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ACCESS Project: what we achieved and what we are doing now

Young Nepalese woman dressed in blue wearing a colourful hat looking to the camera

Author: Professor Lesley Hoggart, Associate Dean, Research

Just over a year ago the funding for one of WELS’s our largest development projects - ACCESS – was terminated by the British Government as part of its cuts in overseas aid funding.

ACCESS, which stands for ‘Approaches in Complex and Challenging Environments for Sustainable SRHR’ (sexual and reproductive health rights), aimed to produce a set of scalable, evidence-based, participatory approaches to support and engage marginalised and under-served populations to claim and access comprehensive sexual and reproductive health (SRH) information and services. It was a consortium led by the International Planned Parenthood Federation and included Frontline Aids, Internews, Women’s Refugee Commission and the London School of Hygiene and Tropical Medicine, as well as The Open University.

Having the funding cut mid-project was both difficult and disappointing, not just for the researchers and organisations involved, but also for the many new local relationships that had already been struck up in the partner countries.

A year on from the funding being withdrawn, the ACCESS team thought it was important to celebrate what was achieved and outline what we hope to do moving forward. Although our funding was cut short, we achieved a lot with the initial budget which amounted to approximately £1million to the OU.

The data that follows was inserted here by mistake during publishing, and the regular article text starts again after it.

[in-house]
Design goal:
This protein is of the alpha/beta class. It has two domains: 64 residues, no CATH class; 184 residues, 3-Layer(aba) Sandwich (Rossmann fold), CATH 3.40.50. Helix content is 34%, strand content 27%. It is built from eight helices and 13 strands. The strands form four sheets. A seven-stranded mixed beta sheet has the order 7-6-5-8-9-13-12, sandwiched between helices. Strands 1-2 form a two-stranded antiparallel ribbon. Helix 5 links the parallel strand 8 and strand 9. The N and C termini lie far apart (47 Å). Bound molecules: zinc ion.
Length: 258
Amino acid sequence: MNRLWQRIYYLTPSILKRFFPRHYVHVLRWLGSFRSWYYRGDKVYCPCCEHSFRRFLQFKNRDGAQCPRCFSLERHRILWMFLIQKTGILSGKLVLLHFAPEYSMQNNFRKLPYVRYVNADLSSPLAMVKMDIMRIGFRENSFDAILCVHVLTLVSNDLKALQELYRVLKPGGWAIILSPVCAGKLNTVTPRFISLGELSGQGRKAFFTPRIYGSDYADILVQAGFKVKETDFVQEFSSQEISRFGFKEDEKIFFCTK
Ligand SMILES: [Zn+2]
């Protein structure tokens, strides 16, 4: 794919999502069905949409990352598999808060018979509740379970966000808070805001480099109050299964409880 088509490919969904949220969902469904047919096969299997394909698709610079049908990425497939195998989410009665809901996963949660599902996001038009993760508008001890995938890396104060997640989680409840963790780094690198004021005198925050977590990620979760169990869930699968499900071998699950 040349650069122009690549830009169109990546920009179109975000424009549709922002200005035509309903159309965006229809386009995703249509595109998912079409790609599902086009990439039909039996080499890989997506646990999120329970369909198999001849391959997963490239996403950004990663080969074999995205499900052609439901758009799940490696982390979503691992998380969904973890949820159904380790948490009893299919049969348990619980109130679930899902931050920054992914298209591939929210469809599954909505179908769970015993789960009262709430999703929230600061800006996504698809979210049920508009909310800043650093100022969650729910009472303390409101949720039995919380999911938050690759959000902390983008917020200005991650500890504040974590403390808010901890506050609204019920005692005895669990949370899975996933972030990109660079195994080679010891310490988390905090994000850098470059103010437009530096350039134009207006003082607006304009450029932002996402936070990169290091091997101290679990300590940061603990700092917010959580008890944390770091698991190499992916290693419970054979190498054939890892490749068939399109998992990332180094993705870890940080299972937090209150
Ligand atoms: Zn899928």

The ACCESS consortium developed a number of projects including disaster preparedness for SRHR in Nepal; safe abortion in Nepal; SRHR Justice in Uganda; Comprehensive Sexuality Education for Refugees in Uganda; and LGBT+ advocacy in Uganda.  We also agreed a number of core principles and approaches judged to be vital for ensuring sustainable SRHR solutions at scale. The principles are that the ACCESS projects should be working towards gender transformation and de-colonisation. The approaches that follow through from these principles are:

  • participation
  • co-creation and
  • community leadership of projects.

The OU team was key to the development of these principles and was also centrally involved in a number of the projects. There were a number of outputs from the work with more to follow:

Whilst the initial funding for ACCESS has come to an end, the OU team remain committed to working with marginalised communities to improve their sexual and reproductive health rights. Drawing inspiration from the ACCESS approach we will collaborate with consortium partners to seek alternative funding to continue this work.  With the support of institutional research funding, we are currently continuing to work in the following areas with partners in Uganda:

  • Human Rights Approaches (HRA) to Health in Global Development Settings: Developing the Evidence Base.
  • Developing contextually sensitive Comprehensive Sexuality Education (CSE) for out-of-school adolescents in refugee settings.

We also have three PhD students who were originally co-funded by ACCESS, and now by IPPF:

- Elise Denis-Ramirez: Exploring adolescents’ embodied understandings and perceptions of sexual and reproductive health including abortion: A feminist co-production study in Chile.

- Elizabeth Ascroft: Co-creation of Comprehensive Sexuality Education (CSE) Resources in Aruba.

- Martha Nicholson: Learning to provide abortion care in Northern Ireland post-2020 legal reform; a study of how knowledge of abortion care is created, coordinated, and applied amongst midwives and nurses.

OU project team

Professor Lesley Hoggart

Professor Peter Keogh

Dr Rebecca Jones

Dr Koula Charitonos

Dr Joyceline Alla-Mensah

Ellen Scott

Gail Vardy

Martha Tengenesha

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